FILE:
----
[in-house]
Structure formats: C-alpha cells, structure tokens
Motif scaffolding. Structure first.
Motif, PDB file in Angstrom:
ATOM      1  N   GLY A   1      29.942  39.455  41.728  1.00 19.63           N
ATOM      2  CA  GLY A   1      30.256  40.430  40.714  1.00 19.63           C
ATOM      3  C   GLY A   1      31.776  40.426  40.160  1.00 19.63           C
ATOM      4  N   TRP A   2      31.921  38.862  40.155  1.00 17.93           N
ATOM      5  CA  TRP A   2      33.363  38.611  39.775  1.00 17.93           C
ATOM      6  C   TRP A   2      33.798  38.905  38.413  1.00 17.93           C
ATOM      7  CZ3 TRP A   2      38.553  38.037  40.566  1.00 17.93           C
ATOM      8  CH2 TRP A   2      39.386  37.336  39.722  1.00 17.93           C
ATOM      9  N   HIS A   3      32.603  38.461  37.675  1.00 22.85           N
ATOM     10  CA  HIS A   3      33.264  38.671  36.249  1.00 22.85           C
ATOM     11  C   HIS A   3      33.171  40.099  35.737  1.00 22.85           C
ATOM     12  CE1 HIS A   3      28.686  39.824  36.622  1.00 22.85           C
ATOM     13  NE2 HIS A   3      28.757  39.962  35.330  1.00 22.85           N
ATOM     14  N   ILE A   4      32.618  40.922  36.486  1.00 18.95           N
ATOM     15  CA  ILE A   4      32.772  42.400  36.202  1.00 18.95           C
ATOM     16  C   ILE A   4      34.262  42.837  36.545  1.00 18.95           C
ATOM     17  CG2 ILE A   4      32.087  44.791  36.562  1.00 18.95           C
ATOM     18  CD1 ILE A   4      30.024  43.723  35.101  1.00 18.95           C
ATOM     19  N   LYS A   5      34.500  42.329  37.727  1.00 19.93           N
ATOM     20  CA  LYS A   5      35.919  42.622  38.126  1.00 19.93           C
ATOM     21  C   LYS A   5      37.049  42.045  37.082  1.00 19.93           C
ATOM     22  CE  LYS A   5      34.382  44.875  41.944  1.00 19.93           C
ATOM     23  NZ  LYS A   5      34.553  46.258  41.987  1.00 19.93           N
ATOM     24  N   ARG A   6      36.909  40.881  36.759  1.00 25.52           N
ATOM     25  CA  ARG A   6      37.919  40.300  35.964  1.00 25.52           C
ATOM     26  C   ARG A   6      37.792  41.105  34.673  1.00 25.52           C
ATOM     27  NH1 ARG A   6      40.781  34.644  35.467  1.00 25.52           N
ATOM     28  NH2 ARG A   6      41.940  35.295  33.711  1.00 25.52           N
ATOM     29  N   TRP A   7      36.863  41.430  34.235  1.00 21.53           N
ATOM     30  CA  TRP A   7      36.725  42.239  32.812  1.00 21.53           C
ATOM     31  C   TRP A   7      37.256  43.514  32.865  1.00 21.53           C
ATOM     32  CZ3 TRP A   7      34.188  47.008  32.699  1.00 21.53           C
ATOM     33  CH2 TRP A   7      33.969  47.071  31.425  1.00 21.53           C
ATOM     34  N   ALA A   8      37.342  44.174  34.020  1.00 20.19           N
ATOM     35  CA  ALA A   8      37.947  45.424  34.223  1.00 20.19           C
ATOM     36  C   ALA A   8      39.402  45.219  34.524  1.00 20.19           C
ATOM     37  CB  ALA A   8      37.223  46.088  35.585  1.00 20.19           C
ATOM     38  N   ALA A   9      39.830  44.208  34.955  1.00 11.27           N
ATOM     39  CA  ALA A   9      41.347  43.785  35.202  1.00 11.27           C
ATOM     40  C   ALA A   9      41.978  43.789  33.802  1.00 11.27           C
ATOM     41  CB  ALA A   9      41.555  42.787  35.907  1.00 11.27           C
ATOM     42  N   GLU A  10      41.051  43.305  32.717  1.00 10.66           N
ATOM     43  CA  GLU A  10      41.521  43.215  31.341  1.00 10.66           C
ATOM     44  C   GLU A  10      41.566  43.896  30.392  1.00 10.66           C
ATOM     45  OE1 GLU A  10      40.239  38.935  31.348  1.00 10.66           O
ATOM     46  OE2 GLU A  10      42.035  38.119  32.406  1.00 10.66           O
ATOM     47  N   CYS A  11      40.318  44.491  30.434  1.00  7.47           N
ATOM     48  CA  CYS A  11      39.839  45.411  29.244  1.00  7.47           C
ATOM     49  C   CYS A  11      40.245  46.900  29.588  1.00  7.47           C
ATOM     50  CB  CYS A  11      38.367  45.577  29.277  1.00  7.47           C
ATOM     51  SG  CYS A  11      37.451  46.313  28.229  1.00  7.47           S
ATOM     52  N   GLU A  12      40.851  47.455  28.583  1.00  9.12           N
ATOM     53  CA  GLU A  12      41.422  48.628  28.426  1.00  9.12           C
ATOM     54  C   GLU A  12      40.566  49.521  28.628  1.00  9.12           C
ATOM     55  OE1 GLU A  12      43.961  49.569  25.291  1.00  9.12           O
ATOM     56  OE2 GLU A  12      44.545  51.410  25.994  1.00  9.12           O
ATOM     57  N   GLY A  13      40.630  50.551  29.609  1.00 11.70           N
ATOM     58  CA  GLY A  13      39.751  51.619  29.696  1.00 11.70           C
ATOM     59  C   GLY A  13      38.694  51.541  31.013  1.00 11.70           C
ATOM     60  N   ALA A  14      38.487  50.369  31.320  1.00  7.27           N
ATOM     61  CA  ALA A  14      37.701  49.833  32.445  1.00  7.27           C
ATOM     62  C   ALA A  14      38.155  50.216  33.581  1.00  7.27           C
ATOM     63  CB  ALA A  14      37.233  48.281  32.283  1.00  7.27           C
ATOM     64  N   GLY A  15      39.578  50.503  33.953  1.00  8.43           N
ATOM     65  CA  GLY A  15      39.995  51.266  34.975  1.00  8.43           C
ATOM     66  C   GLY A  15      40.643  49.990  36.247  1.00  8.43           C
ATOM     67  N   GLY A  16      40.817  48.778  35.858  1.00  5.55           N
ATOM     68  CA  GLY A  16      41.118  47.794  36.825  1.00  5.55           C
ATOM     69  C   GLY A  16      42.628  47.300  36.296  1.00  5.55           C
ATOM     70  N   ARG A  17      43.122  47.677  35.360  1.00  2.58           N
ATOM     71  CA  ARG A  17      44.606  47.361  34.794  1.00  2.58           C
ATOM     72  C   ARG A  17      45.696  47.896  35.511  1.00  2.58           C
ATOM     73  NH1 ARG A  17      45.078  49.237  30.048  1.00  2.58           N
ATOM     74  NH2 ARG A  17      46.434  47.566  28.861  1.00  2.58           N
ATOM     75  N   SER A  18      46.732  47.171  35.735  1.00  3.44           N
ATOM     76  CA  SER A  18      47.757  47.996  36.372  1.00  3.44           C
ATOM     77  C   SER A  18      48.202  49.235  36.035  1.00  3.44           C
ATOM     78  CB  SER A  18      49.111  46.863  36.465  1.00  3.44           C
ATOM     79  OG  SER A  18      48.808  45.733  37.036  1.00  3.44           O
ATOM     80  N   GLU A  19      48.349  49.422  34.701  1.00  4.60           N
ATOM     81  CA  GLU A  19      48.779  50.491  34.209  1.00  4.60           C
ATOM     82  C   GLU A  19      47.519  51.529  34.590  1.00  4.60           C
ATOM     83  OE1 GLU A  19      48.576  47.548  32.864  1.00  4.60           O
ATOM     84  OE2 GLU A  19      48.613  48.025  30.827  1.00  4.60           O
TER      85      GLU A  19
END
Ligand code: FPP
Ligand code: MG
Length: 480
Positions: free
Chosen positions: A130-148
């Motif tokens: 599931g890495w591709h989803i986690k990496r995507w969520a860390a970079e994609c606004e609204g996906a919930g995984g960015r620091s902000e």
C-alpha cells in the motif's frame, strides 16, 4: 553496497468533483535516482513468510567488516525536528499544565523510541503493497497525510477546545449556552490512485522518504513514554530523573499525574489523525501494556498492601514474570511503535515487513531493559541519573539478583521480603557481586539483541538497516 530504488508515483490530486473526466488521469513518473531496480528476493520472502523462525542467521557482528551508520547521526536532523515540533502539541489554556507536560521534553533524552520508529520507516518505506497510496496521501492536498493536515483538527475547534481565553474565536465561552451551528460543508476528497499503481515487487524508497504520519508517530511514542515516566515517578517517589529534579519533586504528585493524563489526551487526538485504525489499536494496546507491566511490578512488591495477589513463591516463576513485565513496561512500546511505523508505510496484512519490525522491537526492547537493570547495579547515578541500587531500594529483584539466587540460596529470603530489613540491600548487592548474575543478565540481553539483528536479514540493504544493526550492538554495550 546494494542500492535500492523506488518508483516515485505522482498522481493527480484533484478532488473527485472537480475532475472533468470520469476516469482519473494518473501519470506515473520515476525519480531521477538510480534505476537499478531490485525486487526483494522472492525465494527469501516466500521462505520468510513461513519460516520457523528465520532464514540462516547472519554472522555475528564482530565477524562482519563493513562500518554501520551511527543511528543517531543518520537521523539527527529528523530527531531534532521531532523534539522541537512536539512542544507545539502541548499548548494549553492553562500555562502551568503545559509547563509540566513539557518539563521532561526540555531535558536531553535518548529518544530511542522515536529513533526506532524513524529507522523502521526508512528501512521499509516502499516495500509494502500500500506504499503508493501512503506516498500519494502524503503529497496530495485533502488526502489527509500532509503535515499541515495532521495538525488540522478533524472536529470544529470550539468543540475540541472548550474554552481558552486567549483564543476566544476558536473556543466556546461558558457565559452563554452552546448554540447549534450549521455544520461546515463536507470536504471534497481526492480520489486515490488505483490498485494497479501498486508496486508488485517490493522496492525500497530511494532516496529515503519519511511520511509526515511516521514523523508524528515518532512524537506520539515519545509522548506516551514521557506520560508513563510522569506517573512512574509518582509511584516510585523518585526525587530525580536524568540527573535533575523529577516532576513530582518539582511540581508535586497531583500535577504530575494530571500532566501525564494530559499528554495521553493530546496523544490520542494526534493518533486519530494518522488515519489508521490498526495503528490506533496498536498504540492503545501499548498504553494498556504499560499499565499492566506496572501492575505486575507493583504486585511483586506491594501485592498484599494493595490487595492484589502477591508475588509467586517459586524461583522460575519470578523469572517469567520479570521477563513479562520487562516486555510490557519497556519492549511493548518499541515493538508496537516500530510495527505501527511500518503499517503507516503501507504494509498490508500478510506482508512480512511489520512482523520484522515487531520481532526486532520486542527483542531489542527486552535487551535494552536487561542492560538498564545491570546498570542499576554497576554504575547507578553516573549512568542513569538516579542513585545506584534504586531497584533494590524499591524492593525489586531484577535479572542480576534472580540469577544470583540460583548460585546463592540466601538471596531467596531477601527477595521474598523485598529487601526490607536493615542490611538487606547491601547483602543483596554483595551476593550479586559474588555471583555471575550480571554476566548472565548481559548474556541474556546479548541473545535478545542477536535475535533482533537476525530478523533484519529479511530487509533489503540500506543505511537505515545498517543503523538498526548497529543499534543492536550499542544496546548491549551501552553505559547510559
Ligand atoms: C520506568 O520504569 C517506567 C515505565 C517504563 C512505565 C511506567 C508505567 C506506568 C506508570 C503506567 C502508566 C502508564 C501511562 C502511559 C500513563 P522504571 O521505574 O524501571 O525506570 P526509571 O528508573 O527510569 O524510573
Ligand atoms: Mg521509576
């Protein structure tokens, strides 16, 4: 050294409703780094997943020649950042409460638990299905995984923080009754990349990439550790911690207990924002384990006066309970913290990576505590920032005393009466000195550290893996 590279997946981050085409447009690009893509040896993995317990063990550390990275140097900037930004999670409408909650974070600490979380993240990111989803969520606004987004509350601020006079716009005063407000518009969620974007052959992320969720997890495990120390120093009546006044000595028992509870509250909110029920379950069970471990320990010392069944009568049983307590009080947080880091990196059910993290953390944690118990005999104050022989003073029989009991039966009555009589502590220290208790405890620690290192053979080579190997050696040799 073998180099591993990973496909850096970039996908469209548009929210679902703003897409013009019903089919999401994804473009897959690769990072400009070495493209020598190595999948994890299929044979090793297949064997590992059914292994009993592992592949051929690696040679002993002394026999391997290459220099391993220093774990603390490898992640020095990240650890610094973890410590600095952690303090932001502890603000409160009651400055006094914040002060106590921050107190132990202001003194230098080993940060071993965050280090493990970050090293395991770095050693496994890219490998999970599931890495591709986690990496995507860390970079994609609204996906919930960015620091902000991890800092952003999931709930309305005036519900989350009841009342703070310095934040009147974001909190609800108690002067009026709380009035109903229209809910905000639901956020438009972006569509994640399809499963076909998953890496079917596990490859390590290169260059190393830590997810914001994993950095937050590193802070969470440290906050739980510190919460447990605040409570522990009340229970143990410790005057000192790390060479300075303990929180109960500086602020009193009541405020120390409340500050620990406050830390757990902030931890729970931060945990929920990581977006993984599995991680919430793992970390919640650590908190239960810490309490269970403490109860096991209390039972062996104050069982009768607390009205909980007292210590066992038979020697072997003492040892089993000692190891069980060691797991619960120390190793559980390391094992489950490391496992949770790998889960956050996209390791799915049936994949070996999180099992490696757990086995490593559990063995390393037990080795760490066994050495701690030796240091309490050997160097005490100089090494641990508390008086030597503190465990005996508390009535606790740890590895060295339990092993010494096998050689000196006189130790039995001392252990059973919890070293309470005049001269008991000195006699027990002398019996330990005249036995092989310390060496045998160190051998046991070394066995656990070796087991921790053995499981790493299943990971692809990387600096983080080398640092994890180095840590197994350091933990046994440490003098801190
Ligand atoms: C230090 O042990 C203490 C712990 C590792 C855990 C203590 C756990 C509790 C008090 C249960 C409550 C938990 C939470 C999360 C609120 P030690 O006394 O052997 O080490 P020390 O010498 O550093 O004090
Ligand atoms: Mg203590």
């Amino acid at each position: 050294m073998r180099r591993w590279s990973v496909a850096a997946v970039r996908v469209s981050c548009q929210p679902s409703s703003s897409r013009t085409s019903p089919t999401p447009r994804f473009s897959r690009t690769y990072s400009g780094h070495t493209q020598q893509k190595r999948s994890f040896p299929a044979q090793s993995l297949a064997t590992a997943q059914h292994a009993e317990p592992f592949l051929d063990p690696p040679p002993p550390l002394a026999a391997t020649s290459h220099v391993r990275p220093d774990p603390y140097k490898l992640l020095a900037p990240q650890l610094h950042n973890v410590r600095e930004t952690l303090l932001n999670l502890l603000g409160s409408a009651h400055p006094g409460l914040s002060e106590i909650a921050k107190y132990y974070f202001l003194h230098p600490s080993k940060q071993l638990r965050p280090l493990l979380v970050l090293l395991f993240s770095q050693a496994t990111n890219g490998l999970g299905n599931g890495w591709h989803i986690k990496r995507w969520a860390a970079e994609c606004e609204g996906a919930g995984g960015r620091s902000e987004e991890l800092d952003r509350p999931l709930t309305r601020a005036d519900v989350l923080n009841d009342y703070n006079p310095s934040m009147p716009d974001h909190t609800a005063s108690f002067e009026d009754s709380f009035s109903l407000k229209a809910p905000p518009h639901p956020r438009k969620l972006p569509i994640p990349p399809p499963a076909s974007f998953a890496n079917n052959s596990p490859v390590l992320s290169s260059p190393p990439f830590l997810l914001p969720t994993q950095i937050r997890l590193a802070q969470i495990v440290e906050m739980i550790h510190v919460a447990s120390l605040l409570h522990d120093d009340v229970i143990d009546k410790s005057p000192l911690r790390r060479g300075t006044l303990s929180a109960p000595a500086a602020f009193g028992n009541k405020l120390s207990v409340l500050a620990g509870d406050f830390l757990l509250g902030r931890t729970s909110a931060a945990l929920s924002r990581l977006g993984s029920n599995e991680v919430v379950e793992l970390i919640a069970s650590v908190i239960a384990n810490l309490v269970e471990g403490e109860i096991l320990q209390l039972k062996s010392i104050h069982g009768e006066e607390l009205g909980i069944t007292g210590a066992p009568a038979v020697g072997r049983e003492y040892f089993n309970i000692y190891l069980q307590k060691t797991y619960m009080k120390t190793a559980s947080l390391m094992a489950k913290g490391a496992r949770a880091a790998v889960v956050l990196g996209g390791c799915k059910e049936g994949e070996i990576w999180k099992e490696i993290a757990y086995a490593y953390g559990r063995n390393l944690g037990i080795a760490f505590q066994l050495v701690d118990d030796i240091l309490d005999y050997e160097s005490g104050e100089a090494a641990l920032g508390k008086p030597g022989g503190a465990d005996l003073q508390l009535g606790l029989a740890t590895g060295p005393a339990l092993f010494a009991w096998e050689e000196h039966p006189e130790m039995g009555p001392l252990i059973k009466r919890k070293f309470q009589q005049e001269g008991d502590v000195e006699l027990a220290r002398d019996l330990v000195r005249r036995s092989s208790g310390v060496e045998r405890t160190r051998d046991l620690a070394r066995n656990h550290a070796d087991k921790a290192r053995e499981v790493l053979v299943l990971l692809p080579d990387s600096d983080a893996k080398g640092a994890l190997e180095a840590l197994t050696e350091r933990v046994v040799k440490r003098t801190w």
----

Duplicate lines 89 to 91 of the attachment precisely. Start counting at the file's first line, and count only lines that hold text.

TER      85      GLU A  19
END
Ligand code: FPP